Ribbons played a serious role in the rise of Paris fashion. French style really got going during the 18th century, when it started to break away from rules established at court. But its clothes were still quite standard – what mattered was their decoration.
That was the art practiced by the marchandes de modes, stockist-stylists who dealt in ribbons and lace. Their star was Rose Bertin, counsellor to Marie-Antoinette, who became famous as the “Minister of Fashion”.
But it was marchand Louis-Hippolyte LeRoy who helped their profession survive the Revolution. LeRoy, who had started out as a hairdresser at Versailles, found a role giving fashion advice to the revolutionaries. He ended up with clients such as Empress Josephine, as well as other royals all over Europe. LeRoy was famous for having invented the ruban double face – reversible satin ribbons in complementary colours.*
From the days of LeRoy right up to the Belle Epoque, fashion here just kept exploding. The start of the 19th century saw one of its biggest cults, the grisette. Grisettes were those poor yet stylish girls who assembled the Paris fashions. They spent long hours stitching, trimming and delivering its ‘novelties’.
Celebrated in popular songs, best-selling novels and plays, grisettes were the personification of up-to-date Paris street style. They were identified by modest yet modish garb, slippers laced with ribbons and home-dressed bonnets trimmed in pink.
Their industry – French style – was now world-famous. It was seen as so refined that “even Parisian ribbons were prettier than those found anywhere else.” **
No longer were those ribbons, however, reserved for the rich. Through the new boutiques known as merceries anyone could buy them. Merceries sold what one needed to finish the latest fashions: ribbons, braids and lace; buttons and varied trims. Today they are known in England as haberdasheries and, to Americans, as stores that deal in “notions”.
Characters such as Rose Bertin, LeRoy and the grisettes helped to create a worldwide cult of Parisienne chic. Yet today few physical traces of them remain. The articles they made are the pride of costume collections, yet their famous ateliers and shops are long gone. For all the media stardom enjoyed by Paris grisettes, they have only a single and cryptic monument. ***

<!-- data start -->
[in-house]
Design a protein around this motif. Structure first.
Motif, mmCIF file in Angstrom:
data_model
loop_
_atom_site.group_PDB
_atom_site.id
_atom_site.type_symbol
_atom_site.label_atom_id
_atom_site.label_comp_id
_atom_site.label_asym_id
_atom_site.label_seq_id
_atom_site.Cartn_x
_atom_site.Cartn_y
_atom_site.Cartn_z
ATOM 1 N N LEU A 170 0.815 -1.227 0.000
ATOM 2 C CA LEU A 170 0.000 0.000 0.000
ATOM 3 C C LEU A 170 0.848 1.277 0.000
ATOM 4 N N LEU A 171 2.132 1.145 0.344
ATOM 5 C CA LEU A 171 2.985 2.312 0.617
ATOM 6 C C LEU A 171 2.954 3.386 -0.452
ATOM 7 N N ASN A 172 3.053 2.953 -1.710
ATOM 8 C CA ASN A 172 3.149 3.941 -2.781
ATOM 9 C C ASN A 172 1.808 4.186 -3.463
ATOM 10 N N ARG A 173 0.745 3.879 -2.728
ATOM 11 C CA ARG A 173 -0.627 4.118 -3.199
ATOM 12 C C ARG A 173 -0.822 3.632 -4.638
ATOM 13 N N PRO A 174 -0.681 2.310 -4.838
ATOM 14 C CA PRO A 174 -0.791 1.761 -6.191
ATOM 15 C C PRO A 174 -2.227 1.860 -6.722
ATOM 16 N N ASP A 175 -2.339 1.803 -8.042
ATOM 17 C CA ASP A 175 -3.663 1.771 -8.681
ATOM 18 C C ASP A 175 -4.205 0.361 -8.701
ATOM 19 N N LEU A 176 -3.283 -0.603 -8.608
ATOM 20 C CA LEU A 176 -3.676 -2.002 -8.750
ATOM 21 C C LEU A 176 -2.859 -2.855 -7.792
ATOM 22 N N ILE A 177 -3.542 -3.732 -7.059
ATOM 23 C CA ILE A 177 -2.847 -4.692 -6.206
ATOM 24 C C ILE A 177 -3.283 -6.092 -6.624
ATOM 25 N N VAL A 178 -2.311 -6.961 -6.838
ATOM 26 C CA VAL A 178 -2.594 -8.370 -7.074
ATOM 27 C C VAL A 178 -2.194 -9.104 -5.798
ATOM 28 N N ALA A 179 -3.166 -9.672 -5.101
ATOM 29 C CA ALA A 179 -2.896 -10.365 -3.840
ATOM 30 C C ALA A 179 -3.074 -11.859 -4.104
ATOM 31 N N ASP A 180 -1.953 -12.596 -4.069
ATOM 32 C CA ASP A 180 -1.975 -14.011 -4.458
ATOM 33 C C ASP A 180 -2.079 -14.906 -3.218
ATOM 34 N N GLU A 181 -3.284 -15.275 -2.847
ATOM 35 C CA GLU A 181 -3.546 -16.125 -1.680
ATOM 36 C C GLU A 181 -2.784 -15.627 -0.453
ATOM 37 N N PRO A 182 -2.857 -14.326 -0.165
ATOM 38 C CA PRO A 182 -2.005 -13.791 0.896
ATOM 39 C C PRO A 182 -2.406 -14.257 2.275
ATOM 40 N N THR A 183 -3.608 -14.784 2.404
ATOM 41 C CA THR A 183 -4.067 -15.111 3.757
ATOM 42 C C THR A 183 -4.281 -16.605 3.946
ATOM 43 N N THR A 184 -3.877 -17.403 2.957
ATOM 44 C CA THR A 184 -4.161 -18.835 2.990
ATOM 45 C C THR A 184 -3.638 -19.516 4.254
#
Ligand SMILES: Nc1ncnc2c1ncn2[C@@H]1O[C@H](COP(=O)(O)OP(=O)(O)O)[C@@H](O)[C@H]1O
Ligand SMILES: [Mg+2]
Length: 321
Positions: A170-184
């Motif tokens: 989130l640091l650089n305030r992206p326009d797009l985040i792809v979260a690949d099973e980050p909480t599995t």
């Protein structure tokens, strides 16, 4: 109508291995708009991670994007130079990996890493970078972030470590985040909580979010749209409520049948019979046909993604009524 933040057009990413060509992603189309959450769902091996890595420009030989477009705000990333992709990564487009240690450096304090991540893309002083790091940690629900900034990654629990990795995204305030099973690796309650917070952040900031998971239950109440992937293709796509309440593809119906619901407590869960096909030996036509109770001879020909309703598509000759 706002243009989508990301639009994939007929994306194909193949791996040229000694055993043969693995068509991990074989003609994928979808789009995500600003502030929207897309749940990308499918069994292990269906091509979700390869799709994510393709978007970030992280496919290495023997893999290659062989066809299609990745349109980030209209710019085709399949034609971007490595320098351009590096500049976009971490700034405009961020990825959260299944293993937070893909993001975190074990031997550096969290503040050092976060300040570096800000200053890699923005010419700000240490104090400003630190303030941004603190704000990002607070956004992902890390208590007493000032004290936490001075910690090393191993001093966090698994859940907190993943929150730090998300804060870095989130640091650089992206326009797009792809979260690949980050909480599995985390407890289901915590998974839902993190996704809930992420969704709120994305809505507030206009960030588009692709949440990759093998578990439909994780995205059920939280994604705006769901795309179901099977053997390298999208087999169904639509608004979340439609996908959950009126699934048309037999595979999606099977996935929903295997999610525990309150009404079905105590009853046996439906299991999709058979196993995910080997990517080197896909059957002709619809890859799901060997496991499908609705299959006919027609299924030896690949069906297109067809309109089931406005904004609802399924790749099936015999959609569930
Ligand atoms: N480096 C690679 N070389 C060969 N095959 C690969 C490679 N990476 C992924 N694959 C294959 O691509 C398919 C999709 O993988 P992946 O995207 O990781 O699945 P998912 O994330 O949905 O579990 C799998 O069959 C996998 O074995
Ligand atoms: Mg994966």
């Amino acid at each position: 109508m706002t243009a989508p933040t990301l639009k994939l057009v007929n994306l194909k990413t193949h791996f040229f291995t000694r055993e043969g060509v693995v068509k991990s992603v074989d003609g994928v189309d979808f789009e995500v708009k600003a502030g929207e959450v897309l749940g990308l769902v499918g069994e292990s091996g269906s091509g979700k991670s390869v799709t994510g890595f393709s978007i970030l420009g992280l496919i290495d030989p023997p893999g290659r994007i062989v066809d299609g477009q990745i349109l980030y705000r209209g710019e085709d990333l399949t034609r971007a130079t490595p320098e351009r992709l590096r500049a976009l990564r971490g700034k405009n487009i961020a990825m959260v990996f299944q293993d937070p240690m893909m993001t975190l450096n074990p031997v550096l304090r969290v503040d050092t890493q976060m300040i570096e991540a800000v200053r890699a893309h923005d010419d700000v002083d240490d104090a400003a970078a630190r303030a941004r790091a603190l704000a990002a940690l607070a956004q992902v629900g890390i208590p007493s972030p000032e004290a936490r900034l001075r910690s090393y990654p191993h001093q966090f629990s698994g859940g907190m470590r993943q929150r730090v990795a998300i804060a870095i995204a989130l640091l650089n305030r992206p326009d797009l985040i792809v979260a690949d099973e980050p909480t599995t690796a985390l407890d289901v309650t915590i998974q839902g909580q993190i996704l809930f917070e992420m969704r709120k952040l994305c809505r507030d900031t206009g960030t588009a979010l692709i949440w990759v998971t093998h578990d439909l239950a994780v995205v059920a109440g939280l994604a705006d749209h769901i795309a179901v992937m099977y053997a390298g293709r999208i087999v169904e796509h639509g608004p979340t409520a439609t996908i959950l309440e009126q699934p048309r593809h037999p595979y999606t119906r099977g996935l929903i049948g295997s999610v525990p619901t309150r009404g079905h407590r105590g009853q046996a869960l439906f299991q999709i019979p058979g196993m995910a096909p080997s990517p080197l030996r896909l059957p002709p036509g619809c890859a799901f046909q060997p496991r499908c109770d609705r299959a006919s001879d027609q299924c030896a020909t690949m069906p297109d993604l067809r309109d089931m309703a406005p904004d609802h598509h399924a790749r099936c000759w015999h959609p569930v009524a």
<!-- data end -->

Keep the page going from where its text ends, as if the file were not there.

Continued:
Yet near the 2nd arrondisement’s Passage Choiseul, a visceral glimpse of their legacy still exists. Here, facing one another on rues Choiseul and Monsigny, two unique merceries continue doing business. Although their roots lie in the mid-19th century, both are operated under one moniker, Ultramod.
The larger shop is filled, ceiling to floor, with drawers and shelves. They hold thousands of buttons, most of which are vintage. But there are also boxes and boxes, rows upon rows, of ribbon – in every kind of material, from loomed silk to rayon moiré. Random cutting tables are stacked with rolls of various sizes, while antique vitrines showcase special colours and textures.
The smaller shop across the street opens by request. Another space that bulges with overstocked tables and shelves, it is a discrete mecca for modistes and historians. Officially a millinery, its stock includes passementeries, woven straw fabric in checks and tartans, chevreau de soie – and the kind of imported wool and cotton ribbon taxed by the Directoire in the late 1790s.
Here there is failletine de soie: the fine, soft grosgrain which decorated hats and umbrellas during the Second Empire. Plus there are bits of silk ribbon à broder, in subtle shades such as ombre, marron glacé and chêvrette.
All these rarities exist in finite quantities so, once they are gone, the shop cannot restock. But the millinery has reserves of vintage grosgrain. Thicker and more luxurious than any modern counterpart, its colours – tallow and cyclamen, Parma grey and almond green – come straight from the palette of an Impressionist painter.
Even after his retirement, LeRoy continued imagining more “novelties” he could create. His final dream was to bring back a bit of the ancien régime – by re-introducing the paniers that had been worn by Marie-Antoinette.
Here in the second arrondisement, the ribbons he loved live on.
• Ultramod, 3 rue de Choiseul and 14 rue Monsigny, 75002
• The excellent exposition Josephine, from now until 29 June at the Sénat’s Musée de Luxembourg, has some of LeRoy’s wares, including a sumptuous court robe similar to that worn at the Empress’ Coronation. It reveals Napoleon’s consort to have been an elegant leader of both taste and fashion.
* Among LeRoy’s other famous inventions was Josephine’s chérusque: that rigid lace collar she wore for her Coronation.
** From Paris Fashion: A Cultural History by Valerie Steele, one of the best, most entertaining books on Paris fashion. Out of print but available through libraries, Consumers and Luxury: Consumer Culture in Europe 1650-1850 (Maxine Berg and Helen Clifford) has a great essay on LeRoy by Fiona Ffoulkes.
*** “The Grisette 1830” statue (1911) is by Jean-Bernard Descomps. It’s in Square Jules Ferry, near the Canal Saint Martin. Online, you can also read (in French) Les grisettes à Paris.